“Bite-Size Bits of Local, National, and Global History”
“Bite-Size Bits of Local, National, and Global History”
Leesburg in Loudoun County, Virginia — The American South (Mid-Atlantic)

Aftermath of Ballís Bluff

Aftermath of Ballís Bluff Marker image. Click for full size.
Photographed By Devry Becker Jones (CC0), March 6, 2021
1. Aftermath of Ballís Bluff Marker
Inscription.  Ballís Bluff is the only battlefield on which a United States senator was killed in combat. Edward Dickinson Baker, senator from Oregon, was also a colonel and one of Brig. Gen. Charles Stoneís three brigade commanders. Baker was a long-time friend of President Lincoln and was known as a brilliant orator. His canvassing efforts during the 1860 election campaign helped win both California and Oregon for Lincoln.

Bakerís death here and three Union defeats in 1861 resulted in the creation of the Joint Committee on the Conduct of the War. Composed of three senators and four representatives, this committee remained in session throughout the war and gave itself the power to investigate anything or anyone. Its first investigation dealt with Ballís Bluff. Its first victim was General Stone.

Going after Stone more for political reasons than because he had lost a battle, the committee allowed hearsay and complaints by officers whom General Stone had previously disciplined to count as valid testimony. The sessions were closed and Stone himself was questioned without being informed he had become the target of the investigation. Stone was
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arrested in front of his Washington home near midnight on February 8, 1862.

Stone was imprisoned in New York at Forts Lafayette and Hamilton for six months with no charges ever being filed against him. He finally was released on August 16, 1862.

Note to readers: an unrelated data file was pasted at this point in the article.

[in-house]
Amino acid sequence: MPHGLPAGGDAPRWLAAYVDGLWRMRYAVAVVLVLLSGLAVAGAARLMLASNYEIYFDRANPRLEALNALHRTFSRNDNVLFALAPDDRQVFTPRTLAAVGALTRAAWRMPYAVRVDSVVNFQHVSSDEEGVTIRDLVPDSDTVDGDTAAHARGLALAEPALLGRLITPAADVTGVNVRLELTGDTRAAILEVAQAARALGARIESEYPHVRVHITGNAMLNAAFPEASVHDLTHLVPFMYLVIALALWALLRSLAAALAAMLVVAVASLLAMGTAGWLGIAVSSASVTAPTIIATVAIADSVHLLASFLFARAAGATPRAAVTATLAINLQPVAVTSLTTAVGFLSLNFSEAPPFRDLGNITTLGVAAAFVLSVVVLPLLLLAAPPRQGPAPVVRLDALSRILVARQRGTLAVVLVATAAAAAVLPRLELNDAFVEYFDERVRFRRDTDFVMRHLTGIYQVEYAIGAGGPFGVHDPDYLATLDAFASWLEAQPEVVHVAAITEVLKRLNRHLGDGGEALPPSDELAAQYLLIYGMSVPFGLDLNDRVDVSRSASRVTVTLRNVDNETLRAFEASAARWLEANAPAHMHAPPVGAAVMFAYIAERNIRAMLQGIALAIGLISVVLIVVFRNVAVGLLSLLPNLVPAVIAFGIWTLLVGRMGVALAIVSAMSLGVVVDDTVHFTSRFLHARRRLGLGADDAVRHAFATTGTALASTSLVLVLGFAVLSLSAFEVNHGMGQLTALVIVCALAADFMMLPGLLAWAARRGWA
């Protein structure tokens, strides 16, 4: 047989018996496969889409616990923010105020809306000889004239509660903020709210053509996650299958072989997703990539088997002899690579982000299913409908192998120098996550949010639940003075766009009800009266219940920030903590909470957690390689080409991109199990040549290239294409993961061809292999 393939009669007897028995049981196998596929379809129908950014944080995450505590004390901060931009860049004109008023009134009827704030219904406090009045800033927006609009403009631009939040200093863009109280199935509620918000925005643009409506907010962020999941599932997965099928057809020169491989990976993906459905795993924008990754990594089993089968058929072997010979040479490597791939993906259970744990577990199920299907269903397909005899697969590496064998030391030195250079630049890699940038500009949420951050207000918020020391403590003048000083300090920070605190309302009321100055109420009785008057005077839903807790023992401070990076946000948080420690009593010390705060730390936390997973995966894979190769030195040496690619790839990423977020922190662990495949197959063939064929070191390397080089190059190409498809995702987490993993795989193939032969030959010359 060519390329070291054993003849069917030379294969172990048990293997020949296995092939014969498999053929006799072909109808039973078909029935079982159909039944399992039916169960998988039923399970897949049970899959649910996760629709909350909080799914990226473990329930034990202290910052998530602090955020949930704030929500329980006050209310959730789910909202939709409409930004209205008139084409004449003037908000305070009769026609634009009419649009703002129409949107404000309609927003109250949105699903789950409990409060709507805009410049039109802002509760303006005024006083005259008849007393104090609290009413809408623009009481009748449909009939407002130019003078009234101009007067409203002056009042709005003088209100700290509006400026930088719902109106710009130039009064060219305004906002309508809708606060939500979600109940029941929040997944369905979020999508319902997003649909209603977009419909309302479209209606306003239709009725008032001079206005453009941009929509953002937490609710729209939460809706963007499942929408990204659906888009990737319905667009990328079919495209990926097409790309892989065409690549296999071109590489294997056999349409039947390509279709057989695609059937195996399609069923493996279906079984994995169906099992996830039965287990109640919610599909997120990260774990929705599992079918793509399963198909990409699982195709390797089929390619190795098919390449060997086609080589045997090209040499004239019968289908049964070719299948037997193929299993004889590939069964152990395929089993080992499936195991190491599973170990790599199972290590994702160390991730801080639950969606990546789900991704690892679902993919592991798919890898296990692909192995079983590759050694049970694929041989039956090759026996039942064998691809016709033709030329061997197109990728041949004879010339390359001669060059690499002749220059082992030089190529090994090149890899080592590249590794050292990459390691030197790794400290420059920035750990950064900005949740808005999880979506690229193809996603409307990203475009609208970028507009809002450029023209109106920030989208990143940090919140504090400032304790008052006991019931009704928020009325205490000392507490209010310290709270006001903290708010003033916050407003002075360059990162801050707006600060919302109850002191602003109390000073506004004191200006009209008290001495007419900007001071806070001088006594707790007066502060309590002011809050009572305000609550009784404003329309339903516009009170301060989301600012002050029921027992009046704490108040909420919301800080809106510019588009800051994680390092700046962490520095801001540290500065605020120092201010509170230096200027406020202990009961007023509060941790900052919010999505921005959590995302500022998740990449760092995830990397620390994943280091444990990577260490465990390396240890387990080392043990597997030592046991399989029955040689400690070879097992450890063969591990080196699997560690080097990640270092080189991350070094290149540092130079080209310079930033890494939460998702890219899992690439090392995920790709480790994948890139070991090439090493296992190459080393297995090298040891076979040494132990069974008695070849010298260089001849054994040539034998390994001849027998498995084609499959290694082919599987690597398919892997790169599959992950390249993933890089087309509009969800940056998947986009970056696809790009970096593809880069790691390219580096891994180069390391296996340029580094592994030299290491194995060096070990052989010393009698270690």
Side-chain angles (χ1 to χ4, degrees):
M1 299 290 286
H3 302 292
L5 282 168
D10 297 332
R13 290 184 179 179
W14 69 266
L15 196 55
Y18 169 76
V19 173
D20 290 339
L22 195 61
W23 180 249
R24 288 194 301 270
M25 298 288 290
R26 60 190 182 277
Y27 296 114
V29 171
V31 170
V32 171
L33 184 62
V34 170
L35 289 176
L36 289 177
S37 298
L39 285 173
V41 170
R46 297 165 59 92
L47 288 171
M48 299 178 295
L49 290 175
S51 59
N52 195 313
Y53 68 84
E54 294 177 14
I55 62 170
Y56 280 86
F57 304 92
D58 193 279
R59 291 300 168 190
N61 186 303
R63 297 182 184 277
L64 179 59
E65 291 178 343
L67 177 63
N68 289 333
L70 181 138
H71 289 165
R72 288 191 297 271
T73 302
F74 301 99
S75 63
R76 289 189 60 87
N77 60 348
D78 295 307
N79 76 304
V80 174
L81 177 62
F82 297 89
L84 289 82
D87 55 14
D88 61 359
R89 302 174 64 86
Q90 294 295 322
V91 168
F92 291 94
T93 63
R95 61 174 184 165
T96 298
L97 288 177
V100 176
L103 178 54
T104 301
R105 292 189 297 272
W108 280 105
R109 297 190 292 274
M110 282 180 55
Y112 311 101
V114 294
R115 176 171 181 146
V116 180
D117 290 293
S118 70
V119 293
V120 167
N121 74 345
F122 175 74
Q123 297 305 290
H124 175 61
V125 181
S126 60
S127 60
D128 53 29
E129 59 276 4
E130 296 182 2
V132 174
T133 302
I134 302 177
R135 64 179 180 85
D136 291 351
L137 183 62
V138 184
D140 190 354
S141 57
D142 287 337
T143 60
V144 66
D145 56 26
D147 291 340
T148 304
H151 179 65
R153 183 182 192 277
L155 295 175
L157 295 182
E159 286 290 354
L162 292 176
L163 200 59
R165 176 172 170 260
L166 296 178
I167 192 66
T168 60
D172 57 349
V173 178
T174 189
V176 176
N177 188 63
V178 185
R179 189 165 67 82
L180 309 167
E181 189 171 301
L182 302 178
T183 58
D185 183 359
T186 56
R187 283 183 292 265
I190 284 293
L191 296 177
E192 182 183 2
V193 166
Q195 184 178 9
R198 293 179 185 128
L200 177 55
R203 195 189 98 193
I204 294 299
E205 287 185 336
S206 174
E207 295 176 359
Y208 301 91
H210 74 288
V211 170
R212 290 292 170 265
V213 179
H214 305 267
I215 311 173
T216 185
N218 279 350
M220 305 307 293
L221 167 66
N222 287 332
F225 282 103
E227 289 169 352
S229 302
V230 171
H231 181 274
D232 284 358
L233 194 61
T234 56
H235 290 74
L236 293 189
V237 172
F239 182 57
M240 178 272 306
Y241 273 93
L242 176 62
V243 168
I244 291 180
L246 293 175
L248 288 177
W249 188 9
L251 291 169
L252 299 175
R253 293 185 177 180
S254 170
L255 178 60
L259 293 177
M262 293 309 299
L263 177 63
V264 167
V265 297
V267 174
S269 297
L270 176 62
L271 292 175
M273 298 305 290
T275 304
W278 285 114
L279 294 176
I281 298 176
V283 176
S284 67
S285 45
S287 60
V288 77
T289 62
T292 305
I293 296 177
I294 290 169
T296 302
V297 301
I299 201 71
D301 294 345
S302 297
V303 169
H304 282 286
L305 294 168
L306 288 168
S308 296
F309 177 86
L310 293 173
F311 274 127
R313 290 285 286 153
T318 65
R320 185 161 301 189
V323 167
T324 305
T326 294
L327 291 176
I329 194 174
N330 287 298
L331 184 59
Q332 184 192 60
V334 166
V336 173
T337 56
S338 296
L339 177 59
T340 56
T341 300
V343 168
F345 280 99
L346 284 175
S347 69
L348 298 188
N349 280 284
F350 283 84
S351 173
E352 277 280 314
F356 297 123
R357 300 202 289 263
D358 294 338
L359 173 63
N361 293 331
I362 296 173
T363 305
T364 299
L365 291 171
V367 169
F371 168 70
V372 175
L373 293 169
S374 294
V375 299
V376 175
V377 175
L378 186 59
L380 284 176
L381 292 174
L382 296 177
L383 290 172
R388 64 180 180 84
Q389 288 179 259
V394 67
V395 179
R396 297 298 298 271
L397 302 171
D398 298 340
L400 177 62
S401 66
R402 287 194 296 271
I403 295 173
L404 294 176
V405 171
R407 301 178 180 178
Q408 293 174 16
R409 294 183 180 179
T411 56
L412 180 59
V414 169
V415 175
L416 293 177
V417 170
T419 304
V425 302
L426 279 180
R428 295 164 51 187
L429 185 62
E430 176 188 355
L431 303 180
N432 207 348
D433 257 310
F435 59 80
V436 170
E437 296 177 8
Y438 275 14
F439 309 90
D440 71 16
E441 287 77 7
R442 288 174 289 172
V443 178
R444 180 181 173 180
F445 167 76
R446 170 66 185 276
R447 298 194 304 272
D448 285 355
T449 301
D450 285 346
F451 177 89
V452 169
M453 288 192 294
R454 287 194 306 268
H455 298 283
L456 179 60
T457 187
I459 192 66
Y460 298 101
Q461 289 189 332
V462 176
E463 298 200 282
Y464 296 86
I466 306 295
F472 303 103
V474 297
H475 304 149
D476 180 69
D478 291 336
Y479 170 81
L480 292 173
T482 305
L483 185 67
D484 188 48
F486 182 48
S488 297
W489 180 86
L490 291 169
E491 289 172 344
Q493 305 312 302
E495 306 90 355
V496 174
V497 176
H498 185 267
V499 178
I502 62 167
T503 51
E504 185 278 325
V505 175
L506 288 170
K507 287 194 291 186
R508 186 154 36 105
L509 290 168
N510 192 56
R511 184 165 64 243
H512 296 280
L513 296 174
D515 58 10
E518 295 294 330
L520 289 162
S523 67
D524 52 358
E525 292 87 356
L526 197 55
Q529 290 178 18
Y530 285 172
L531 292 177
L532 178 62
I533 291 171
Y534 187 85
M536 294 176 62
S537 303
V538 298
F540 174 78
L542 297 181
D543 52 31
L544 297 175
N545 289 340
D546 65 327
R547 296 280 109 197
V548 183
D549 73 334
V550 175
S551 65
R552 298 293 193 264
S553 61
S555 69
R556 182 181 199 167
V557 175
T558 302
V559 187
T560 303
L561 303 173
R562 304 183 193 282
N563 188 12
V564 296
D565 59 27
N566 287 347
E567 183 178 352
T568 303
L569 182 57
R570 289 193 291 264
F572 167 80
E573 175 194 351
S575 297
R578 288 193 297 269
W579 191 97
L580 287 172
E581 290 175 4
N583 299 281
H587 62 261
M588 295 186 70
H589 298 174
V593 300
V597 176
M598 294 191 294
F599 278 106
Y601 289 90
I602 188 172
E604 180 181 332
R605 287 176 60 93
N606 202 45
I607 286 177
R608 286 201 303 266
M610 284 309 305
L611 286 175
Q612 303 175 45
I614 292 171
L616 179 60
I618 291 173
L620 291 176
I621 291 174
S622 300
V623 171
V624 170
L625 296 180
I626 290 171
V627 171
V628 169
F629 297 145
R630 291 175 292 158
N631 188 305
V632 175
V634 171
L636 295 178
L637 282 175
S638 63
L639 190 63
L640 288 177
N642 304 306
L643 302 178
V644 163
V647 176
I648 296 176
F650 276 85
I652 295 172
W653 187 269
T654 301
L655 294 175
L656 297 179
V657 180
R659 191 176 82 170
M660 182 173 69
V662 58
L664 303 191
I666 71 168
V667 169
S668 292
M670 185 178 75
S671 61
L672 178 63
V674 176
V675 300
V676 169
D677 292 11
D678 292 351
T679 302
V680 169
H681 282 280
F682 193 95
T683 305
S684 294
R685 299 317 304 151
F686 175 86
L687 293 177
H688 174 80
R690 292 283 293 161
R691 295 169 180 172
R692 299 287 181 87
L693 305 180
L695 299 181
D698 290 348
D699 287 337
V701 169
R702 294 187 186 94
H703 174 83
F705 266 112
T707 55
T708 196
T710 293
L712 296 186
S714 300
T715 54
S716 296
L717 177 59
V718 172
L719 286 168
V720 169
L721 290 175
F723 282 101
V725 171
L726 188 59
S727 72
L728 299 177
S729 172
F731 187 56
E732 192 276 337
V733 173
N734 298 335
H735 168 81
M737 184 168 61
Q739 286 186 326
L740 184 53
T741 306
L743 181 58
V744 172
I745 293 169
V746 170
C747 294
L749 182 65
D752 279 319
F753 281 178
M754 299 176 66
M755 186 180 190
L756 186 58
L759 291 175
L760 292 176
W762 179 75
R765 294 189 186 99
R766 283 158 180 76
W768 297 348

He served for several months in the western theater under General Nathaniel P. Banks, and then briefly commanded a brigade in the V Corps of the Army of the Potomac. But typhoid and the attacks on his reputation did their work and he resigned from the army in September of 1864. He later spent over 12 years as Chief of Staff to the Khedive of Egypt and, following his return home early in 1883, became chief engineer on the Statue of Liberty project. Stone died of pneumonia on January 24, 1887, three months after serving as Grand Marshall at the dedication of the Statue of Liberty.
Erected by Ball's Bluff Regional Park/Northern Virginia Regional Park Authority.
Topics and series. This historical marker is listed in this topic list: War, US Civil. In addition, it is included in the Former U.S. Presidents: #16 Abraham Lincoln, and the NOVA Parks series lists. A significant historical month for this entry is January 1863.
Location. 39° 7.825′ N, 77° 31.846′ W. Marker is in Leesburg, Virginia, in Loudoun County. Marker can be reached from Ballís Bluff
Markers Adjacent to the Parking Lot image. Click for full size.
Photographed By Craig Swain, July 30, 2007
2. Markers Adjacent to the Parking Lot